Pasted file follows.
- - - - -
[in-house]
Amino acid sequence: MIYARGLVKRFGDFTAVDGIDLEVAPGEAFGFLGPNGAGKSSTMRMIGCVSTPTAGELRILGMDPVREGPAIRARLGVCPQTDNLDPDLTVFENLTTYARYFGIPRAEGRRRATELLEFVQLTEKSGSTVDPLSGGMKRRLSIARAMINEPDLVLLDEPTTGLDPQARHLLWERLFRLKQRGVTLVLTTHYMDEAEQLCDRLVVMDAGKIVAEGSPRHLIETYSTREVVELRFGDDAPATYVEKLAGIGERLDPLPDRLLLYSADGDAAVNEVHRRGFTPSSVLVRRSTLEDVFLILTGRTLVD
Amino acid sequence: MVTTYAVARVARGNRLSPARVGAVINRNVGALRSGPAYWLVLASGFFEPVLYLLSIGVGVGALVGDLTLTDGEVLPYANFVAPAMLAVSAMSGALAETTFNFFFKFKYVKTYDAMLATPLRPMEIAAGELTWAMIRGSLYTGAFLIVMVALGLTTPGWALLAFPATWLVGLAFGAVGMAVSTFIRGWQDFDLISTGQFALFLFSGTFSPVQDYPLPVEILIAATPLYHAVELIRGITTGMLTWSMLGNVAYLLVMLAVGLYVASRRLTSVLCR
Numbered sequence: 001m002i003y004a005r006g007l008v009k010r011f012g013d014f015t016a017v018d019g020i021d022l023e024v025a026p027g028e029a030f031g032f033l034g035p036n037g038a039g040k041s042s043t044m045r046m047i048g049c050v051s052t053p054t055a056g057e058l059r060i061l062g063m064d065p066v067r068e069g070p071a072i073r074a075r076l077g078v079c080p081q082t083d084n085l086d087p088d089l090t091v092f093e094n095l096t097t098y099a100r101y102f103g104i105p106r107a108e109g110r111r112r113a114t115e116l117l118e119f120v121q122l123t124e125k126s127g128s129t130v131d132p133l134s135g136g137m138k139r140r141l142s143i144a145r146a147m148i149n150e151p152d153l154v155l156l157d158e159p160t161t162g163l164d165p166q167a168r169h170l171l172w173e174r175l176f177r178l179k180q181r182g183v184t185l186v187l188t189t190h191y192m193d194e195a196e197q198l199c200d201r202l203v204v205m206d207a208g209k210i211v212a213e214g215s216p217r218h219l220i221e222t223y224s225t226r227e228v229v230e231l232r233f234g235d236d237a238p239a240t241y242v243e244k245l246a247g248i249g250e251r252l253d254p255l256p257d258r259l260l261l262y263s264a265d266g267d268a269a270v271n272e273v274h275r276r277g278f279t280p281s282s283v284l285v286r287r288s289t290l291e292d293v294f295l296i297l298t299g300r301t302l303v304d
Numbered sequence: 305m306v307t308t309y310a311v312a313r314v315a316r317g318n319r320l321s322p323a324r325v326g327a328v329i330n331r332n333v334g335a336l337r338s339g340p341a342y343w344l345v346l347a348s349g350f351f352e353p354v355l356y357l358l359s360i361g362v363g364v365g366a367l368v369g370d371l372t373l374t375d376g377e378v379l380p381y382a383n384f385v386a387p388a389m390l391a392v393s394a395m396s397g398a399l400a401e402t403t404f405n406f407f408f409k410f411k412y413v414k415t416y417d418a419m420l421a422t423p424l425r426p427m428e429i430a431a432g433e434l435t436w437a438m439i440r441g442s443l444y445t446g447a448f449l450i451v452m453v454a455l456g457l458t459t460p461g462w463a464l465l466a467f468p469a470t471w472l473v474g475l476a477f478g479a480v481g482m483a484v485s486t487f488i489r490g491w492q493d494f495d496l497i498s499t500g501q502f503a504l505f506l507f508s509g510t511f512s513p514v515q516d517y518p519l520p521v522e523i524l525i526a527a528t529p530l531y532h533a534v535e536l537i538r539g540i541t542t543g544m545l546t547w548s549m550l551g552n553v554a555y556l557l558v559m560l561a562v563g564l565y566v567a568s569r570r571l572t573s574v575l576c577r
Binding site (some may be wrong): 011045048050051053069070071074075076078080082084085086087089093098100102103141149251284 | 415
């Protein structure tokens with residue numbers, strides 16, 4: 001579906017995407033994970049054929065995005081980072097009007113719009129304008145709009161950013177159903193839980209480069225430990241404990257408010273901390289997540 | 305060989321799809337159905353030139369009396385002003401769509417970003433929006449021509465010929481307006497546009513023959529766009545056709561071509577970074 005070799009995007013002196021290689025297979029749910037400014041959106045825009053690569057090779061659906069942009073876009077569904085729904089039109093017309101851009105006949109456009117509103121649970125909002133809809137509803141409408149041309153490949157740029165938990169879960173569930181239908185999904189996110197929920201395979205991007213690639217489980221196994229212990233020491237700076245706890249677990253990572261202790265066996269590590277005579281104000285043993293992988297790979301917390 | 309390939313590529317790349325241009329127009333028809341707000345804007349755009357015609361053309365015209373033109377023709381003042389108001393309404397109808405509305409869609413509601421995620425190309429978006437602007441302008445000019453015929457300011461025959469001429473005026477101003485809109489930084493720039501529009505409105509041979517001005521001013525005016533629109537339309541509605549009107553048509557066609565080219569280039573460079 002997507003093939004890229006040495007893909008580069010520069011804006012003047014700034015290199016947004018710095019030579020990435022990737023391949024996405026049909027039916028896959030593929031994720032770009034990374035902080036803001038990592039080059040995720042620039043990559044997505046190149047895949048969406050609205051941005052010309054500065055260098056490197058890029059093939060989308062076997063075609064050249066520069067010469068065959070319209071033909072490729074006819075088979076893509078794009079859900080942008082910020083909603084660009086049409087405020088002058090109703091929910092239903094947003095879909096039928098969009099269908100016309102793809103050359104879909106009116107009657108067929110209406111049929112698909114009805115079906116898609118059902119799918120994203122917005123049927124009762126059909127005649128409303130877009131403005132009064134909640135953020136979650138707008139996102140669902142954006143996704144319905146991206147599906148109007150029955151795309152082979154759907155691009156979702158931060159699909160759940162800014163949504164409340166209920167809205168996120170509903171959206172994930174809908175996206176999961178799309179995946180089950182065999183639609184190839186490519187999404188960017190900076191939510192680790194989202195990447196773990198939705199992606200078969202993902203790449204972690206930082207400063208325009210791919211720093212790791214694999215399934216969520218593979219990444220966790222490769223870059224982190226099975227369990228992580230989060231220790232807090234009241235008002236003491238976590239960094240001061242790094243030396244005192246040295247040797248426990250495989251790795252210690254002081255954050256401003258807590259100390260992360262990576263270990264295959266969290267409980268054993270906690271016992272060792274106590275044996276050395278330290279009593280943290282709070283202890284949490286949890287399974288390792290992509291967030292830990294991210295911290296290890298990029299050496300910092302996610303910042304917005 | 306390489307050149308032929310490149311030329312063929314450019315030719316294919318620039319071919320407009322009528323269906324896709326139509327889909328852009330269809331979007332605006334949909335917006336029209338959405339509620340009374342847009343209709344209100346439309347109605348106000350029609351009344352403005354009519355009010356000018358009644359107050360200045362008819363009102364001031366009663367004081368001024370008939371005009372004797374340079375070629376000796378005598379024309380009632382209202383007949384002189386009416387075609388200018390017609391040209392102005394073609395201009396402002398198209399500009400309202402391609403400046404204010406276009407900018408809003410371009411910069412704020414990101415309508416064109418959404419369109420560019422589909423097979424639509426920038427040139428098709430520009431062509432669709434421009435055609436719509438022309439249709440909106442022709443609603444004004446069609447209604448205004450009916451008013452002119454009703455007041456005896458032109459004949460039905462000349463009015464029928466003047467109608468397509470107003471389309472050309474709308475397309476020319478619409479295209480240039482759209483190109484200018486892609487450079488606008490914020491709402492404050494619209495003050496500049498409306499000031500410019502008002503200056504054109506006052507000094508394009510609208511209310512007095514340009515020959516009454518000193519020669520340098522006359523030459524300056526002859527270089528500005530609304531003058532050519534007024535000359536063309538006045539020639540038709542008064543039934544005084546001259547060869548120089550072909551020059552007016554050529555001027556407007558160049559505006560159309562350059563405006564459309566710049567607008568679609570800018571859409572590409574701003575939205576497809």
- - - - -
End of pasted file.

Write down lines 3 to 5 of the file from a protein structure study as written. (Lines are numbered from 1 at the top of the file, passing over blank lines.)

Amino acid sequence: MVTTYAVARVARGNRLSPARVGAVINRNVGALRSGPAYWLVLASGFFEPVLYLLSIGVGVGALVGDLTLTDGEVLPYANFVAPAMLAVSAMSGALAETTFNFFFKFKYVKTYDAMLATPLRPMEIAAGELTWAMIRGSLYTGAFLIVMVALGLTTPGWALLAFPATWLVGLAFGAVGMAVSTFIRGWQDFDLISTGQFALFLFSGTFSPVQDYPLPVEILIAATPLYHAVELIRGITTGMLTWSMLGNVAYLLVMLAVGLYVASRRLTSVLCR
Numbered sequence: 001m002i003y004a005r006g007l008v009k010r011f012g013d014f015t016a017v018d019g020i021d022l023e024v025a026p027g028e029a030f031g032f033l034g035p036n037g038a039g040k041s042s043t044m045r046m047i048g049c050v051s052t053p054t055a056g057e058l059r060i061l062g063m064d065p066v067r068e069g070p071a072i073r074a075r076l077g078v079c080p081q082t083d084n085l086d087p088d089l090t091v092f093e094n095l096t097t098y099a100r101y102f103g104i105p106r107a108e109g110r111r112r113a114t115e116l117l118e119f120v121q122l123t124e125k126s127g128s129t130v131d132p133l134s135g136g137m138k139r140r141l142s143i144a145r146a147m148i149n150e151p152d153l154v155l156l157d158e159p160t161t162g163l164d165p166q167a168r169h170l171l172w173e174r175l176f177r178l179k180q181r182g183v184t185l186v187l188t189t190h191y192m193d194e195a196e197q198l199c200d201r202l203v204v205m206d207a208g209k210i211v212a213e214g215s216p217r218h219l220i221e222t223y224s225t226r227e228v229v230e231l232r233f234g235d236d237a238p239a240t241y242v243e244k245l246a247g248i249g250e251r252l253d254p255l256p257d258r259l260l261l262y263s264a265d266g267d268a269a270v271n272e273v274h275r276r277g278f279t280p281s282s283v284l285v286r287r288s289t290l291e292d293v294f295l296i297l298t299g300r301t302l303v304d
Numbered sequence: 305m306v307t308t309y310a311v312a313r314v315a316r317g318n319r320l321s322p323a324r325v326g327a328v329i330n331r332n333v334g335a336l337r338s339g340p341a342y343w344l345v346l347a348s349g350f351f352e353p354v355l356y357l358l359s360i361g362v363g364v365g366a367l368v369g370d371l372t373l374t375d376g377e378v379l380p381y382a383n384f385v386a387p388a389m390l391a392v393s394a395m396s397g398a399l400a401e402t403t404f405n406f407f408f409k410f411k412y413v414k415t416y417d418a419m420l421a422t423p424l425r426p427m428e429i430a431a432g433e434l435t436w437a438m439i440r441g442s443l444y445t446g447a448f449l450i451v452m453v454a455l456g457l458t459t460p461g462w463a464l465l466a467f468p469a470t471w472l473v474g475l476a477f478g479a480v481g482m483a484v485s486t487f488i489r490g491w492q493d494f495d496l497i498s499t500g501q502f503a504l505f506l507f508s509g510t511f512s513p514v515q516d517y518p519l520p521v522e523i524l525i526a527a528t529p530l531y532h533a534v535e536l537i538r539g540i541t542t543g544m545l546t547w548s549m550l551g552n553v554a555y556l557l558v559m560l561a562v563g564l565y566v567a568s569r570r571l572t573s574v575l576c577r